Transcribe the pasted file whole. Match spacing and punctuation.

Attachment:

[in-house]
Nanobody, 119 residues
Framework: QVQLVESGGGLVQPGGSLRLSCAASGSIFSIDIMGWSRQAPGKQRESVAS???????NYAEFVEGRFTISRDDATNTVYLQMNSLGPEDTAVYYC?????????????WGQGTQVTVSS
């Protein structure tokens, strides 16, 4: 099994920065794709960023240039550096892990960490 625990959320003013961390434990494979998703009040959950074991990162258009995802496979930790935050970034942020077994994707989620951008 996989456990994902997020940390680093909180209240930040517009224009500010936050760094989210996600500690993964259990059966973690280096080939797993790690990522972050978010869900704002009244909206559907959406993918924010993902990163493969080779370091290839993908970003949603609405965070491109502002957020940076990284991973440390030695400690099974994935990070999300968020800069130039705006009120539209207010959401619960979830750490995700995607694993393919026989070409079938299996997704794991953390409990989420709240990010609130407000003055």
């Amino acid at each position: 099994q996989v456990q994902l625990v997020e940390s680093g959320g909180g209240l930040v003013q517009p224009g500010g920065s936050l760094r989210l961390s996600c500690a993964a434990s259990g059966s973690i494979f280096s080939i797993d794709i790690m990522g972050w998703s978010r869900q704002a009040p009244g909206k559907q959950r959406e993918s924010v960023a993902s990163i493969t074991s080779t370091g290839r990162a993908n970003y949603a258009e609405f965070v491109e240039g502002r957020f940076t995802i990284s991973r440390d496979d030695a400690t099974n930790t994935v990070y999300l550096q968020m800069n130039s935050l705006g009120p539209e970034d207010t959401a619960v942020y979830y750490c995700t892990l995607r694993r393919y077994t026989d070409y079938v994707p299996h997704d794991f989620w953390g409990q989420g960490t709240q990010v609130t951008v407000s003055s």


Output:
[in-house]
Nanobody, 119 residues
Framework: QVQLVESGGGLVQPGGSLRLSCAASGSIFSIDIMGWSRQAPGKQRESVAS???????NYAEFVEGRFTISRDDATNTVYLQMNSLGPEDTAVYYC?????????????WGQGTQVTVSS
């Protein structure tokens, strides 16, 4: 099994920065794709960023240039550096892990960490 625990959320003013961390434990494979998703009040959950074991990162258009995802496979930790935050970034942020077994994707989620951008 996989456990994902997020940390680093909180209240930040517009224009500010936050760094989210996600500690993964259990059966973690280096080939797993790690990522972050978010869900704002009244909206559907959406993918924010993902990163493969080779370091290839993908970003949603609405965070491109502002957020940076990284991973440390030695400690099974994935990070999300968020800069130039705006009120539209207010959401619960979830750490995700995607694993393919026989070409079938299996997704794991953390409990989420709240990010609130407000003055």
């Amino acid at each position: 099994q996989v456990q994902l625990v997020e940390s680093g959320g909180g209240l930040v003013q517009p224009g500010g920065s936050l760094r989210l961390s996600c500690a993964a434990s259990g059966s973690i494979f280096s080939i797993d794709i790690m990522g972050w998703s978010r869900q704002a009040p009244g909206k559907q959950r959406e993918s924010v960023a993902s990163i493969t074991s080779t370091g290839r990162a993908n970003y949603a258009e609405f965070v491109e240039g502002r957020f940076t995802i990284s991973r440390d496979d030695a400690t099974n930790t994935v990070y999300l550096q968020m800069n130039s935050l705006g009120p539209e970034d207010t959401a619960v942020y979830y750490c995700t892990l995607r694993r393919y077994t026989d070409y079938v994707p299996h997704d794991f989620w953390g409990q989420g960490t709240q990010v609130t951008v407000s003055s």